New method for protecting astronauts would make trip to Mars much safer

Man has been to the moon and so far the relatively short jaunt to our satellite has been as far as man has ventured from our own planet. Since the 60's when U.S. astronauts landed on the moon, many have dreamed of sending manned missions to Mars.

Aside from the not inconsequential need for a spaceship capable of making the 18-month journey and being able to supply the astronauts with food and water, other major obstacles to going to Mars are standing in the way of exploration.

team of British researchers believes that they have defeated one of the major obstacles to the journey: solar storms. The Earth is protected from deadly solar storms by its magnetosphere, which deflects the radioactive particles produced in the storm.

When a spacecraft travels beyond the protective magnetosphere, it is subject to the destructive power of these storms that scientists claim can pop-up quickly and pose severe risk to instruments on the spacecraft and the lives of the astronauts in the spacecraft.

Professor Bob Bingham from the University of Strathclyde told the U.K. newspaper Telegraph, "Solar storms or winds are one of the greatest dangers of deep space travel. If you got hit by one not only would it take out the electronics of a ship but the astronauts would soon take on the appearance of an overcooked pizza. It would be a bit like being near the Hiroshima blast. Your skin would blister, hair and teeth fall out and before long your internal organs would fail. It is not a very nice way to go."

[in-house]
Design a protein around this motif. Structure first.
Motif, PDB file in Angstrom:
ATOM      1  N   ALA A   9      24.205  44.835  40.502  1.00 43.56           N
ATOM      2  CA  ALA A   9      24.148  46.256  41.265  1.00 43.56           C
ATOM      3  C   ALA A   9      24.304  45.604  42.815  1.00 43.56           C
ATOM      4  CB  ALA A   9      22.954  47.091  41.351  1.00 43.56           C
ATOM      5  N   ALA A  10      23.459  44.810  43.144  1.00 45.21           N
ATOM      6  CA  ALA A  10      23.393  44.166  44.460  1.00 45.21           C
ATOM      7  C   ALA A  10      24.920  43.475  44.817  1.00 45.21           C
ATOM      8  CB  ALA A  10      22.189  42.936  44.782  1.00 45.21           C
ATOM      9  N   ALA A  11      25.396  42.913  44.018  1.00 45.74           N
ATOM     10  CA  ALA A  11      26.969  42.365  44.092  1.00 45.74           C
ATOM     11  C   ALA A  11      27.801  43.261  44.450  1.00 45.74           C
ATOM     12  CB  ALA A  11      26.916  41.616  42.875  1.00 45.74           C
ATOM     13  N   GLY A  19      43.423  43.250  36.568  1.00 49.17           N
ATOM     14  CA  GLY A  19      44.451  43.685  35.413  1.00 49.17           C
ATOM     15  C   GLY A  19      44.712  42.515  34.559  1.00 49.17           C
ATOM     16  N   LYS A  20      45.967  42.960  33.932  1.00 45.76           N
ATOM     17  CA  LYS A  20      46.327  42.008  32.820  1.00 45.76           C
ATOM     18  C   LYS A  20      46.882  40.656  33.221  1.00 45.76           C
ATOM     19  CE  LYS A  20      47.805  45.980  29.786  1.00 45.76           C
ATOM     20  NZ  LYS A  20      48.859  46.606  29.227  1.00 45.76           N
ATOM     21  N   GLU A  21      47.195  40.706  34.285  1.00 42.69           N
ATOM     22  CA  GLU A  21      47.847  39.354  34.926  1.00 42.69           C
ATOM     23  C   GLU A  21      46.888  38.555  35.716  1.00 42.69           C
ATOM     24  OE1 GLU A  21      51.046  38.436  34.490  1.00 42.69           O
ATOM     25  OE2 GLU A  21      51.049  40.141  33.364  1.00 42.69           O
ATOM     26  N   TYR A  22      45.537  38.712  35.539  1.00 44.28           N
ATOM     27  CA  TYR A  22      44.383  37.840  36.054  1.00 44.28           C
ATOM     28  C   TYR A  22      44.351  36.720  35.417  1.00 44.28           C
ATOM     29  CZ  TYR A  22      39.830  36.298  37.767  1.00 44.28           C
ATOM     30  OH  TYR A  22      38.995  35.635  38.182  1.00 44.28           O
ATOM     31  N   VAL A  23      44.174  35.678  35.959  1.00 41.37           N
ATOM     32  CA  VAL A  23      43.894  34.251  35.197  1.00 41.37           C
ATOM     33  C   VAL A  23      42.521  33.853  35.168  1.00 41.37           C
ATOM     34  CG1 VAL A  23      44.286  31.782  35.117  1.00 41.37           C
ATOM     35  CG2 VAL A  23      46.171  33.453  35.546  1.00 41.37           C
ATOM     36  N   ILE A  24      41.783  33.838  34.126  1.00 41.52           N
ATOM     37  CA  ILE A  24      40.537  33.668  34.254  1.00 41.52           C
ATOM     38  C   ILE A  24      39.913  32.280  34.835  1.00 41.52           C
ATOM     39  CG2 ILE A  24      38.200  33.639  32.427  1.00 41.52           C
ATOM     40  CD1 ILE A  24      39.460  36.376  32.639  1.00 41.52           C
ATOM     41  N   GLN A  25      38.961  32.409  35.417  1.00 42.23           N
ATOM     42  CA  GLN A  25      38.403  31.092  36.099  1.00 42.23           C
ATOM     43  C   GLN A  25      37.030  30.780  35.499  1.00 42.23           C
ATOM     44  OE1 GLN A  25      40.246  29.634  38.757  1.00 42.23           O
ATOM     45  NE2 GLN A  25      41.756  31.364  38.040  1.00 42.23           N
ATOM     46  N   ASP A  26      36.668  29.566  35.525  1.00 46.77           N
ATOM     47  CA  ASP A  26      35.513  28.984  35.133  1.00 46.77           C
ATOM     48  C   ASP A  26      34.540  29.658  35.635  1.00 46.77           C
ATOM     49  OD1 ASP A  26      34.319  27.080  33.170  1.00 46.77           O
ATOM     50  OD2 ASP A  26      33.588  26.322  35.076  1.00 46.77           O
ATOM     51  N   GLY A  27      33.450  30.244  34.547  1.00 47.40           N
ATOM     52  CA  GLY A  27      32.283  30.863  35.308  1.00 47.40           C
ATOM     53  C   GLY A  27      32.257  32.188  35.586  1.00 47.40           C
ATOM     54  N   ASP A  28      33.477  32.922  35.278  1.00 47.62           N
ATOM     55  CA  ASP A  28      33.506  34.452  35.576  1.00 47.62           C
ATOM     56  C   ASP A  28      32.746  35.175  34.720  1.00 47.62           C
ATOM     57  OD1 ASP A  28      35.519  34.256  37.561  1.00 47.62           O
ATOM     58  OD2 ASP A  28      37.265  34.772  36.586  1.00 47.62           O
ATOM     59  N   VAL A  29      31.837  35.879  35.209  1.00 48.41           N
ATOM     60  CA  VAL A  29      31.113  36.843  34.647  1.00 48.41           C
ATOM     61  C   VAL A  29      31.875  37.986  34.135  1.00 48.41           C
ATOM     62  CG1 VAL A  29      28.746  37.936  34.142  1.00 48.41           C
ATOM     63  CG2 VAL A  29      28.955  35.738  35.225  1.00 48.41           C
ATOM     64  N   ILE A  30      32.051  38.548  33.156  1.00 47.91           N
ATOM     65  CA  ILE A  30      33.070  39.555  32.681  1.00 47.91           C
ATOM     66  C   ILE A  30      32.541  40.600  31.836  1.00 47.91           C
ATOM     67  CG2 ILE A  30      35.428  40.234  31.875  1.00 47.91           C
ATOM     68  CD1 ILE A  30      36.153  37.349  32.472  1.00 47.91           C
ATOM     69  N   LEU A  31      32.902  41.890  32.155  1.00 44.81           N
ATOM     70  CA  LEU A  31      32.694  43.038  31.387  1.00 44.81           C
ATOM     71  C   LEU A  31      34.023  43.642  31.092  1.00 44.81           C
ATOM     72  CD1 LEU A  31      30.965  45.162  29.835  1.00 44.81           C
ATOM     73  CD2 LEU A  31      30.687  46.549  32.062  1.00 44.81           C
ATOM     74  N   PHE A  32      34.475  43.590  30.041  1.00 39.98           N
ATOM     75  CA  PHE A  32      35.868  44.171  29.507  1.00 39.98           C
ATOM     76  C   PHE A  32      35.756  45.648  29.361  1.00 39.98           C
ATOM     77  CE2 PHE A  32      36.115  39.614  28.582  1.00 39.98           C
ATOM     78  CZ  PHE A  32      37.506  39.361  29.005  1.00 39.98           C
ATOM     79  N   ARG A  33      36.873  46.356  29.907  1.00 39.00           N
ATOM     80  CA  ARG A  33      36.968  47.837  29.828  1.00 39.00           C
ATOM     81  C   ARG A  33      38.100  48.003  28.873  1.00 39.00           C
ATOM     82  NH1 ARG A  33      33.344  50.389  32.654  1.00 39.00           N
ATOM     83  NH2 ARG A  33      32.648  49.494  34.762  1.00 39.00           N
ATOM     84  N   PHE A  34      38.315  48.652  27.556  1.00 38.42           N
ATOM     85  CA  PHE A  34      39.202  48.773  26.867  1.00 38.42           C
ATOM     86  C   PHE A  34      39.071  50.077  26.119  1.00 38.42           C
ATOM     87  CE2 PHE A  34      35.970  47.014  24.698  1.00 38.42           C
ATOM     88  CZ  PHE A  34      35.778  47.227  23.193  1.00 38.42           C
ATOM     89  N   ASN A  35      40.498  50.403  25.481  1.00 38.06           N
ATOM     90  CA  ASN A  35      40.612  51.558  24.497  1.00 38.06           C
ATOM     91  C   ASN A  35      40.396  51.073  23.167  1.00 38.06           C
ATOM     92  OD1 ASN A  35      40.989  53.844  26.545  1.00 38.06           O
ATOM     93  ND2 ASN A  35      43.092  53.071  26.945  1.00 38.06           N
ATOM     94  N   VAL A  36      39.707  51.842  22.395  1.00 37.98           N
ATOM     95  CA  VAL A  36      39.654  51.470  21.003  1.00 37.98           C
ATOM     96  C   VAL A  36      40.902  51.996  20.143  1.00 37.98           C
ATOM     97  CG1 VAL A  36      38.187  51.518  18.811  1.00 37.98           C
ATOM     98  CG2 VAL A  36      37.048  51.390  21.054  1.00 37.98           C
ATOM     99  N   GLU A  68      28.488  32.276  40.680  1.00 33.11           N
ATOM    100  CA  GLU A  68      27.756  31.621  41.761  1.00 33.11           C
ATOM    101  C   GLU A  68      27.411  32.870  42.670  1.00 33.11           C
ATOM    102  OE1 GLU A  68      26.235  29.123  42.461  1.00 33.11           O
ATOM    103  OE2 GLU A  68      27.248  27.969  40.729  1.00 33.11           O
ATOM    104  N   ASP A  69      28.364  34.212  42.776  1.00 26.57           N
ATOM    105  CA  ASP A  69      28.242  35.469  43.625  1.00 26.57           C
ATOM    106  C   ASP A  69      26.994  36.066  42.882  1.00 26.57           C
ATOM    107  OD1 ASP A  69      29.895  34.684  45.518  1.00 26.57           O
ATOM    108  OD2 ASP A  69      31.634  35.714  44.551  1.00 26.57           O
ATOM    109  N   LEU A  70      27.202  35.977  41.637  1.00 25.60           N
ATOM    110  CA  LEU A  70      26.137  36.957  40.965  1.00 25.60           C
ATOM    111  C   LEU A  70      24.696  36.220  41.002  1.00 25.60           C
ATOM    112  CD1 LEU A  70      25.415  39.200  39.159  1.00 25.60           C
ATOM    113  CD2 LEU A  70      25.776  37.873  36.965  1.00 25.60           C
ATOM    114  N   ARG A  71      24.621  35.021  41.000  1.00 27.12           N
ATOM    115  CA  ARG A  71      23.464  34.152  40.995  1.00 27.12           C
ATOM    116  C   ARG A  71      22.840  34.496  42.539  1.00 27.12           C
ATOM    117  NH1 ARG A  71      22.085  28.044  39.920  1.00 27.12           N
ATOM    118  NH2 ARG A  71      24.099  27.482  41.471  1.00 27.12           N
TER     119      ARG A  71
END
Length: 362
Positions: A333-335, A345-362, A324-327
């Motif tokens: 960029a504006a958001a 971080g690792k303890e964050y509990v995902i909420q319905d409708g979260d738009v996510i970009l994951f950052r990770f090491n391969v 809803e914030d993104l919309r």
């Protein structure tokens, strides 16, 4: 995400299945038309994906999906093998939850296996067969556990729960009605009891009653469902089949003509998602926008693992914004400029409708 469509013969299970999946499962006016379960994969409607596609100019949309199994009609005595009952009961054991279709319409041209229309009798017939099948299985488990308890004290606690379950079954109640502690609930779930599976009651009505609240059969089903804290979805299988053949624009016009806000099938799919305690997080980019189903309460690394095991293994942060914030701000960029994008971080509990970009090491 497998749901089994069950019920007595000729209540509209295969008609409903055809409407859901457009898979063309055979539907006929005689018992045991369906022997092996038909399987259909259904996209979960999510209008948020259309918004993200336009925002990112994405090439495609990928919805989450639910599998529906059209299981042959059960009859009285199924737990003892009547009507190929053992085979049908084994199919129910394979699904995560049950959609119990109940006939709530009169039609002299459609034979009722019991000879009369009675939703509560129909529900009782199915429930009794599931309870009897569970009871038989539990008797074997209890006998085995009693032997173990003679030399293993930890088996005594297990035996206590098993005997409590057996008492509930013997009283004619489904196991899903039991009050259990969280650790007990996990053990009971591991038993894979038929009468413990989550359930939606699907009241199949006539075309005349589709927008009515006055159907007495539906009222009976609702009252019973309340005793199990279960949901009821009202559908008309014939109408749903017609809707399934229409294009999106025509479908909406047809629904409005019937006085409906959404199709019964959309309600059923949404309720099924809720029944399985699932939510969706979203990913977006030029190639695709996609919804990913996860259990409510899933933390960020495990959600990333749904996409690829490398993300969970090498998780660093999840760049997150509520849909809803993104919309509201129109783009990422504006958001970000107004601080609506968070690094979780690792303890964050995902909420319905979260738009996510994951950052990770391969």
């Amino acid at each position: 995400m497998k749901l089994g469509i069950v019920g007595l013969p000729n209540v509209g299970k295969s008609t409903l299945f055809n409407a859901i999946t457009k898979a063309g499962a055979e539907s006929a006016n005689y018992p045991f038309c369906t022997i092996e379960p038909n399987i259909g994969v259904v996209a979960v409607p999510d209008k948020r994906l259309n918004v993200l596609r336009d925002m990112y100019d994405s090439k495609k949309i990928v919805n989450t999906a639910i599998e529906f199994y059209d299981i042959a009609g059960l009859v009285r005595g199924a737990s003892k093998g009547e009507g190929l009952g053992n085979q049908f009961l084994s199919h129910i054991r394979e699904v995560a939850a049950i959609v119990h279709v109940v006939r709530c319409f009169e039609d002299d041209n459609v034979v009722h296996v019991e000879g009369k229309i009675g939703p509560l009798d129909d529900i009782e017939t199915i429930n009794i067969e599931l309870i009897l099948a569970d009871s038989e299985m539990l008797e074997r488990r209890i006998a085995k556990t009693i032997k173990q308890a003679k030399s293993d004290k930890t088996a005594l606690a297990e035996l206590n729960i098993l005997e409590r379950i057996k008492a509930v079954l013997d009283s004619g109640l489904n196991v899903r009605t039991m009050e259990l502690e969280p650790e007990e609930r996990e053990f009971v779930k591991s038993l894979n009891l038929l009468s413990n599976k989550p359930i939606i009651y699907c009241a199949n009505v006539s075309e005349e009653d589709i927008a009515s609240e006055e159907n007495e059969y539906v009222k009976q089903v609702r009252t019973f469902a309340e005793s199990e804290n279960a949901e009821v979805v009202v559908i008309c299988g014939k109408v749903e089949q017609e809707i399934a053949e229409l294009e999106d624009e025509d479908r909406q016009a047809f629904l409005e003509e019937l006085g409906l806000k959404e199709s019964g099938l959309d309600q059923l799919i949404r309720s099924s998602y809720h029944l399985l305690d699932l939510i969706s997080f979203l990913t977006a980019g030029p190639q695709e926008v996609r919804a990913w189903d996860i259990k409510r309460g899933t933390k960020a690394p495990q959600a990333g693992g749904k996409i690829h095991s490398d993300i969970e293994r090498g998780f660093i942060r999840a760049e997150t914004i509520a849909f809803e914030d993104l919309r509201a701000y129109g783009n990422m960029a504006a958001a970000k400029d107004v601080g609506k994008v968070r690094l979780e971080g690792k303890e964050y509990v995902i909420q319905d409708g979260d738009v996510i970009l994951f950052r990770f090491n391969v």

The system Bingham and other researchers developed creates a mini magnetosphere around the spacecraft. The team says that the theory has been tested in the lab on a scale model and provides almost total protection to the ship and occupants inside the vessel.

Designing a mini magnetosphere had previously been dismissed as impossible due to the large amount of equipment and power deemed necessary to create the protective bubble. The researchers were able to develop a prototype system that in its final form would be about the size of a merry-go-round on a playground and require as much energy to operate as a kettle.

Scientists see the system being comprised of two mini magnetosphere-generating satellites housed in outriders in front of the spacecraft. The artificial magnetosphere would not run at all times and would only be fired up when a solar storm was detected.

Another researcher on the project, Dr. Ruth Bamford said, "These initial experiments have shown promise and that it may be possible to shield astronauts from deadly space weather."

Apollo astronauts didn’t have to contend with solar storms during the moon missions. However, some scientists say that on the 18-month trek to Mars astronauts would definitely be exposed to a solar storm. Both the ESA and NASA are planning manned Mars missions by 2050 and say that space weather is the greatest obstacle to deep space travel.

"This is from the It's a science website." -- Rush Limbaugh

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